To avoid potentially life-threatening reactions, food allergic consumers rely on information on food labels to help them avoid exposure to a food or ingredient that could trigger a reaction. To help consumers in the United States obtain the information that they need, the Food Allergen Labeling and Consumer Protection Act of 2004 defined a major food allergen as being one of eight foods or food groups and any ingredient that contains protein from one of these foods or food groups. A food that contains an undeclared major food allergen is misbranded under the U.S. Food, Drug, and Cosmetic Act and is subject to recall. Food allergen labeling problems are the most common cause of recalls for U.S. Food and Drug Administration (FDA)–regulated food products. To help understand why food allergen recalls continue to occur at a high rate, information on each food allergen recall that occurred in fiscal years 2007 through 2012 was obtained from the FDA recall database. This information was analyzed to identify the food, allergen, root cause, and mode of discovery for each food allergen recall. Bakery products were the most frequently recalled food type, and milk was the most frequently undeclared major food allergen. Use of the wrong package or label was the most frequent problem leading to food allergen recalls. These data are the first reported that indicate the importance of label and package controls as public health measures.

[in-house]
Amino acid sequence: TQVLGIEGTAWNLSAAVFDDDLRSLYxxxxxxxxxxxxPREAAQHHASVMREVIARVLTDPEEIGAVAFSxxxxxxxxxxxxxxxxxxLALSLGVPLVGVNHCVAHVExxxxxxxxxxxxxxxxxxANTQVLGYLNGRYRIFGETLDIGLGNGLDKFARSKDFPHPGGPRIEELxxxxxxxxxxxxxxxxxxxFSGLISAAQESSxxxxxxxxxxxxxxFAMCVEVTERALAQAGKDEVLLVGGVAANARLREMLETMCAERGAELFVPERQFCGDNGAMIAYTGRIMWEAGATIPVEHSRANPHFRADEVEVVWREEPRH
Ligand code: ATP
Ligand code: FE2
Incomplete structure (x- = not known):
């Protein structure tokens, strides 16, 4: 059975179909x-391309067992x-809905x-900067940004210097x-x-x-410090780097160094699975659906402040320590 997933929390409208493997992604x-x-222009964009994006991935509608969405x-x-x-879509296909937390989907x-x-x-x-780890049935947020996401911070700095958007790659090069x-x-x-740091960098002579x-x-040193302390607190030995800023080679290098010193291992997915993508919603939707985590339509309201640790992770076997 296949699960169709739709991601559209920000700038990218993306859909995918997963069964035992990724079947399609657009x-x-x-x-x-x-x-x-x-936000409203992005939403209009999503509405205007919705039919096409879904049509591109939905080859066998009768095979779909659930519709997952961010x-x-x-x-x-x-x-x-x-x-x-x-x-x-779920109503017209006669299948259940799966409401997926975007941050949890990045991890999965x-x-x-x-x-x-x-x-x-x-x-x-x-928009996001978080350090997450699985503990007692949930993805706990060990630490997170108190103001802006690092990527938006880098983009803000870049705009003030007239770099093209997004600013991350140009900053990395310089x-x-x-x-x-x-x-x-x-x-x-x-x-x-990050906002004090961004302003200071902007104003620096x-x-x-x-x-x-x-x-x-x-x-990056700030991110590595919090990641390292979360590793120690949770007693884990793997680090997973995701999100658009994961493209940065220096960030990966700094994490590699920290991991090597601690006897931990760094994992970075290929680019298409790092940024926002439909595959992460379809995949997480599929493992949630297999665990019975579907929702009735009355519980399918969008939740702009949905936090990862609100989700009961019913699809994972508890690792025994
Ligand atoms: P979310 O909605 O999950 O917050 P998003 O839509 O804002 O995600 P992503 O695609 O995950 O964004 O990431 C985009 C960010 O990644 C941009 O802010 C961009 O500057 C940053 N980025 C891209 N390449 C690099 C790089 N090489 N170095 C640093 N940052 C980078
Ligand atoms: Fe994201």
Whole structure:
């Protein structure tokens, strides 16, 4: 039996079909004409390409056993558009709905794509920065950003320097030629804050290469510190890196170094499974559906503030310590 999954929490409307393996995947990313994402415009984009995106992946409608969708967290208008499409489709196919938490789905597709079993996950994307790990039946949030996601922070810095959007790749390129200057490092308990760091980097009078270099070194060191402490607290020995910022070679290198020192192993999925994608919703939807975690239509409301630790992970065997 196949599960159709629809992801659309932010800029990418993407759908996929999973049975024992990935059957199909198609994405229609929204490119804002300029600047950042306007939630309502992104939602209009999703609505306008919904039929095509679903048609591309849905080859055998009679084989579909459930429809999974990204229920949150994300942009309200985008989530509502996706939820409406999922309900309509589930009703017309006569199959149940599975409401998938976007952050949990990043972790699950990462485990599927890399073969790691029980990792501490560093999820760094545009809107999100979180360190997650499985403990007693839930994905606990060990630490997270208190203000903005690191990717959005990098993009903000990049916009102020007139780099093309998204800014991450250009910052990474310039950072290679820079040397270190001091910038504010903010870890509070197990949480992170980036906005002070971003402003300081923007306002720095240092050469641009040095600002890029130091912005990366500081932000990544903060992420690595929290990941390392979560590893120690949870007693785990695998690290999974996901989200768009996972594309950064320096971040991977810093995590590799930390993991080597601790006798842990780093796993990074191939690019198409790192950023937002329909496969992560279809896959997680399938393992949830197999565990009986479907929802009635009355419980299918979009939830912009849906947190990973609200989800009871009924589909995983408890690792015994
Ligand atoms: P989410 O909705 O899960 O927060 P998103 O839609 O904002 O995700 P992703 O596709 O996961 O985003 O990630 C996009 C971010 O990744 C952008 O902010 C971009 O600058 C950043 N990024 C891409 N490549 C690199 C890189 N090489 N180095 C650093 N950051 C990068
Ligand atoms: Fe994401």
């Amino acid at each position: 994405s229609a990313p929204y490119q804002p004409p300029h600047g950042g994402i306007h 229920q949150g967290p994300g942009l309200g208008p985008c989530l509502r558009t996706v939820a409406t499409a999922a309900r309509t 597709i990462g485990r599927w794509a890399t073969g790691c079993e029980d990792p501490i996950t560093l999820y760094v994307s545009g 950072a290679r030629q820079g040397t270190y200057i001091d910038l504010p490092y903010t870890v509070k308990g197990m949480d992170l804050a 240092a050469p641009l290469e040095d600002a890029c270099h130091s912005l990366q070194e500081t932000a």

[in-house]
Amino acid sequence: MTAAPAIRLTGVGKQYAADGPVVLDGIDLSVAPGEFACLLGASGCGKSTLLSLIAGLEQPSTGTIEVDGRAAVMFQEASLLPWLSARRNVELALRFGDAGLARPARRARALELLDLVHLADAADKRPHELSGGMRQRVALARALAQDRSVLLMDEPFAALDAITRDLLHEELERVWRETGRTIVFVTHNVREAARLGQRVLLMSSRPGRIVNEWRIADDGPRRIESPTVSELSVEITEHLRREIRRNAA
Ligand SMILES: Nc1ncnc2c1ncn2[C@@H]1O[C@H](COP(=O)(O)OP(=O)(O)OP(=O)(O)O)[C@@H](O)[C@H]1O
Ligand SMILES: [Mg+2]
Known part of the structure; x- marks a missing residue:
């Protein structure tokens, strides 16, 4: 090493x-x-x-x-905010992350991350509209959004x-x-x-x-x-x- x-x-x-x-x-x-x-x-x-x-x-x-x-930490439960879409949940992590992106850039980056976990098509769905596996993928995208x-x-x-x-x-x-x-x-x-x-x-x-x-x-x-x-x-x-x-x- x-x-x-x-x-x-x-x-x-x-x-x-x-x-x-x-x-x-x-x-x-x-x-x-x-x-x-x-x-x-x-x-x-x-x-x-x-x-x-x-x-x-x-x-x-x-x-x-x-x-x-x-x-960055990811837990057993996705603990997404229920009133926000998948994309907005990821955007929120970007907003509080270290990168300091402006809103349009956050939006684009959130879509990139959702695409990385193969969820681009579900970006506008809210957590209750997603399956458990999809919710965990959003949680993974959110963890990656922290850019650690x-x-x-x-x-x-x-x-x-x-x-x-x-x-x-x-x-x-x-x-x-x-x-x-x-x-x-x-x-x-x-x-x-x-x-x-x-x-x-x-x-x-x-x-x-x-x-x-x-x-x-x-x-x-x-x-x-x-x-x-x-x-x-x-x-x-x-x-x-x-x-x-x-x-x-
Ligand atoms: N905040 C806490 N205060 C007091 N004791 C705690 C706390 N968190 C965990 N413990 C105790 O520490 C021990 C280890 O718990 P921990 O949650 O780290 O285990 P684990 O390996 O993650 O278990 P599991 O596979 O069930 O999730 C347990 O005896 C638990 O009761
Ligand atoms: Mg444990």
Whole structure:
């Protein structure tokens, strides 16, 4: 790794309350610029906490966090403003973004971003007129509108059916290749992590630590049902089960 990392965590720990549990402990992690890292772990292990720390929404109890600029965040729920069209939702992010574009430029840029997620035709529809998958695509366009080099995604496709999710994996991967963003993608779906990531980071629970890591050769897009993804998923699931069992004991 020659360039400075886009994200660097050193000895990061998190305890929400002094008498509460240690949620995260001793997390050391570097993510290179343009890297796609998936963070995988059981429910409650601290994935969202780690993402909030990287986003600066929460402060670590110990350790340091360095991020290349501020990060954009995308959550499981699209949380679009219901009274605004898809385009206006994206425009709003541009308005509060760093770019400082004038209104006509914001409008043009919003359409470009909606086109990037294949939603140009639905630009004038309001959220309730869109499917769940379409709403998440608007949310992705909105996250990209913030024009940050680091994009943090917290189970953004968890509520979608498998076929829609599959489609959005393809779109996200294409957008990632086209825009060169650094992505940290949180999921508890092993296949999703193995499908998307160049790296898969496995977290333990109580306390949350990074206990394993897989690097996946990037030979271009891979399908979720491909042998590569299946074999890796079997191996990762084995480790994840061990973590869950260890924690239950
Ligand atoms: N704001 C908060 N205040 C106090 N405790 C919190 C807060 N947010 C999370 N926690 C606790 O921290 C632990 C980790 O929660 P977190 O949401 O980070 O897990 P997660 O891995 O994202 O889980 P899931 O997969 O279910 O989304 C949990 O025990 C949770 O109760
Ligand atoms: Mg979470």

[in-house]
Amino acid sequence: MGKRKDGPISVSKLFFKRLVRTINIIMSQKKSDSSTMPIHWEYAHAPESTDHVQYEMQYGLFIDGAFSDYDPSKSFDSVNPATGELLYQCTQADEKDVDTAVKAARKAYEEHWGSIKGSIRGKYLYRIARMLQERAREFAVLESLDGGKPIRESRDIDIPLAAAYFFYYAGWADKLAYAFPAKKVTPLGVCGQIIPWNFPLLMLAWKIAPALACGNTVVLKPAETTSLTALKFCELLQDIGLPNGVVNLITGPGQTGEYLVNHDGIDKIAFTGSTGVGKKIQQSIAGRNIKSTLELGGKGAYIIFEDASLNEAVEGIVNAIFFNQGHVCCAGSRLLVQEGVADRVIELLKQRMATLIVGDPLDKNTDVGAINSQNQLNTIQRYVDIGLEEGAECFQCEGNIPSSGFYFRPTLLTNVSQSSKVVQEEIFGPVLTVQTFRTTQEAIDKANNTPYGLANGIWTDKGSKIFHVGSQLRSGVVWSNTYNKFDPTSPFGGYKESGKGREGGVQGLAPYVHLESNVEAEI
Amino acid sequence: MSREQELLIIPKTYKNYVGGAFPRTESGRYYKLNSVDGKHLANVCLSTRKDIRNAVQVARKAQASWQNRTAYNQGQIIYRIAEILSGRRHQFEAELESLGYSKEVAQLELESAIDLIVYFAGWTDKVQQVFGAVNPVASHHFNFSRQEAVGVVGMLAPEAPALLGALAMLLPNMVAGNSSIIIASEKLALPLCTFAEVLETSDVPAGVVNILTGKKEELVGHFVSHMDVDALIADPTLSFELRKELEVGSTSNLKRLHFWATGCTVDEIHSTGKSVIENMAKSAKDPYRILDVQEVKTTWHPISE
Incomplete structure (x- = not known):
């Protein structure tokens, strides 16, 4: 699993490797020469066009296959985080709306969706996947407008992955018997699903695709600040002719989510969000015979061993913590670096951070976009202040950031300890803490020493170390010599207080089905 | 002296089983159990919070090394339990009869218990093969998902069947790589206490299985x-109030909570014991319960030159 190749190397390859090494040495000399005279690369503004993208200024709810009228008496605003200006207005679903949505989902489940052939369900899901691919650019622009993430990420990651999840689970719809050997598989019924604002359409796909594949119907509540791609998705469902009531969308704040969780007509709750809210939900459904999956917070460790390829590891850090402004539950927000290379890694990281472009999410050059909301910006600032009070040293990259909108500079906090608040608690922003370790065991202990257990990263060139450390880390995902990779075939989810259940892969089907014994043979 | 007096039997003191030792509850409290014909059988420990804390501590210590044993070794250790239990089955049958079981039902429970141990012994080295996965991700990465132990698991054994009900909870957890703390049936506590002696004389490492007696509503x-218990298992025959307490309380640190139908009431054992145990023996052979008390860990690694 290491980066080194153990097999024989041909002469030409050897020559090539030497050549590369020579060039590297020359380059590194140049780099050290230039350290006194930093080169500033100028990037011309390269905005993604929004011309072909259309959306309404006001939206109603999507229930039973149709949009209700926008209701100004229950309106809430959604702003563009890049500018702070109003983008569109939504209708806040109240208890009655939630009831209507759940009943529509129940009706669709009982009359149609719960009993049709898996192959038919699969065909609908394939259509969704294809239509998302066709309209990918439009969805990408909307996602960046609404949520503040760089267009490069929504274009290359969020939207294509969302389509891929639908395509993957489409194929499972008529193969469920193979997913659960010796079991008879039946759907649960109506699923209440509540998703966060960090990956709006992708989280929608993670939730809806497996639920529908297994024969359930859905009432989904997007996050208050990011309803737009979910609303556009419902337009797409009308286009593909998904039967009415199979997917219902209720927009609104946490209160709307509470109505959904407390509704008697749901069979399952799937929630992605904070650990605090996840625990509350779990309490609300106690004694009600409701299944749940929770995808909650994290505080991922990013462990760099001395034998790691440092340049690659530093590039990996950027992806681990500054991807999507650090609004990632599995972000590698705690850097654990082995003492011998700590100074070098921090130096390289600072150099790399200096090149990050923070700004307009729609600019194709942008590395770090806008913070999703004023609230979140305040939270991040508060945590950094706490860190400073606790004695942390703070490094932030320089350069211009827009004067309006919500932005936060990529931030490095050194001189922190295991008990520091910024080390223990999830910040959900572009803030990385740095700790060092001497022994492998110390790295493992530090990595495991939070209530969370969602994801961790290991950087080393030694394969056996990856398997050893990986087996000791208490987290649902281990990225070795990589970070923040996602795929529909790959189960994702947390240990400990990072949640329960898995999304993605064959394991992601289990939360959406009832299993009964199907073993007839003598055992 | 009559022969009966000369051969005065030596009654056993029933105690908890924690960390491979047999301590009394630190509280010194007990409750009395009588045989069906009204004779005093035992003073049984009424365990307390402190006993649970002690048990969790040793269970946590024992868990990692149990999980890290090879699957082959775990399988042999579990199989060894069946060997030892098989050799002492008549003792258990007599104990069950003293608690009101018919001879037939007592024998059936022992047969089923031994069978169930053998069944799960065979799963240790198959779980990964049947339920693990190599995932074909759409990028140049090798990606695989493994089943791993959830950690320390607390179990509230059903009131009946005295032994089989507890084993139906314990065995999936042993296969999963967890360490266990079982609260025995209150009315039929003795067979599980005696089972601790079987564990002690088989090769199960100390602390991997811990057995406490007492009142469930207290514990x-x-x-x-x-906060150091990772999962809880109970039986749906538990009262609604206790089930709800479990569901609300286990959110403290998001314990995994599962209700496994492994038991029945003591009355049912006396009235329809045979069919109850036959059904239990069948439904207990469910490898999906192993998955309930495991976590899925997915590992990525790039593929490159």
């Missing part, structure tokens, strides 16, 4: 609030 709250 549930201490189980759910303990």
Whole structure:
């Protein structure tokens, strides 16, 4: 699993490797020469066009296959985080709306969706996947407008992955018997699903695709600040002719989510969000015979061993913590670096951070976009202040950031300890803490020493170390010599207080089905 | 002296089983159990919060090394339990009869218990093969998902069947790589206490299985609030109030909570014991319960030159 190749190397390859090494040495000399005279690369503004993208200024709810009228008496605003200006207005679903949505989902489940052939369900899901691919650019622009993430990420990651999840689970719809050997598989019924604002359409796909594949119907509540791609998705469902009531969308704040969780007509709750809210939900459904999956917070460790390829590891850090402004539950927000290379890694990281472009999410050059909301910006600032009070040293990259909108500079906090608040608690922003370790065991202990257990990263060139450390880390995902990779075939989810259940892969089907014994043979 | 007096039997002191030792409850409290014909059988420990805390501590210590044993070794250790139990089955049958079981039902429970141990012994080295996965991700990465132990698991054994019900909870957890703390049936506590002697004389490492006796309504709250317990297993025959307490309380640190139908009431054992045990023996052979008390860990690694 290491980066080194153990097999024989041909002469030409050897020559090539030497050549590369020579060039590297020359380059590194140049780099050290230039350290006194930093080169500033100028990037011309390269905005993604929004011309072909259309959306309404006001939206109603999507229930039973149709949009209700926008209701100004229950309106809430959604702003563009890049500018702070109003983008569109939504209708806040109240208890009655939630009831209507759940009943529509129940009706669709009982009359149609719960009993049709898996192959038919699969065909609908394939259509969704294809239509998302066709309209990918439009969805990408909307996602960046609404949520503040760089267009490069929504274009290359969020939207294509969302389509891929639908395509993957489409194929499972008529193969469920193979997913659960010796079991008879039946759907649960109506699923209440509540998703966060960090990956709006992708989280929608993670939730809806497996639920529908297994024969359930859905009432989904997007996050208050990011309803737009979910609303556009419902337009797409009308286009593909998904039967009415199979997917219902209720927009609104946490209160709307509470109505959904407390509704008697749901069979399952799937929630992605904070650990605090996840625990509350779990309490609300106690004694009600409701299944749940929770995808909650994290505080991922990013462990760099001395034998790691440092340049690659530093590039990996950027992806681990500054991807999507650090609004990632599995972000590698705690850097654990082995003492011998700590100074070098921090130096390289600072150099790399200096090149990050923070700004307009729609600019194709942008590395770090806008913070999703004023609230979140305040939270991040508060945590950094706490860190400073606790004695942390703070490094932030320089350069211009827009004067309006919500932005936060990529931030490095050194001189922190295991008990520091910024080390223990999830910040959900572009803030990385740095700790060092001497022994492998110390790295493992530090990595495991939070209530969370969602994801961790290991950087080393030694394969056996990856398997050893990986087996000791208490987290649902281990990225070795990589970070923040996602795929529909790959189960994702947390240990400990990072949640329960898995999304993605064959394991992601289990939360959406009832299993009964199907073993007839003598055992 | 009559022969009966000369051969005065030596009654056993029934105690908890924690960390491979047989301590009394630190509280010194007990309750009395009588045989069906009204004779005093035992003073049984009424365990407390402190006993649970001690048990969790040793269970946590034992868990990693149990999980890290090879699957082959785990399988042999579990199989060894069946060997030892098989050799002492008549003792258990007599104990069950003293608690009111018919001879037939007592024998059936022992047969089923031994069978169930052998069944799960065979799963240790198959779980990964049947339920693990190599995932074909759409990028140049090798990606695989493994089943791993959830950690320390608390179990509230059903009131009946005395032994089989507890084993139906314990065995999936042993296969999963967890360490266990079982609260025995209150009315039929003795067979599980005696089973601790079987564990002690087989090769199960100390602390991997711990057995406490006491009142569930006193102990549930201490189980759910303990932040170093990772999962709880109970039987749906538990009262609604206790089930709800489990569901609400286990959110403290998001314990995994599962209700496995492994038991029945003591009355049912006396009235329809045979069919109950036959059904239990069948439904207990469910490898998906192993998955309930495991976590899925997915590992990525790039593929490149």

Analysis of U.S. Food and Drug Administration Food Allergen Recalls after Implementation of the Food Allergen Labeling and Consumer Protection Act
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STEVEN M. GENDEL, JIANMEI ZHU; Analysis of U.S. Food and Drug Administration Food Allergen Recalls after Implementation of the Food Allergen Labeling and Consumer Protection Act. J Food Prot 1 November 2013; 76 (11): 1933–1938. doi: https://doi.org/10.4315/0362-028X.JFP-13-171
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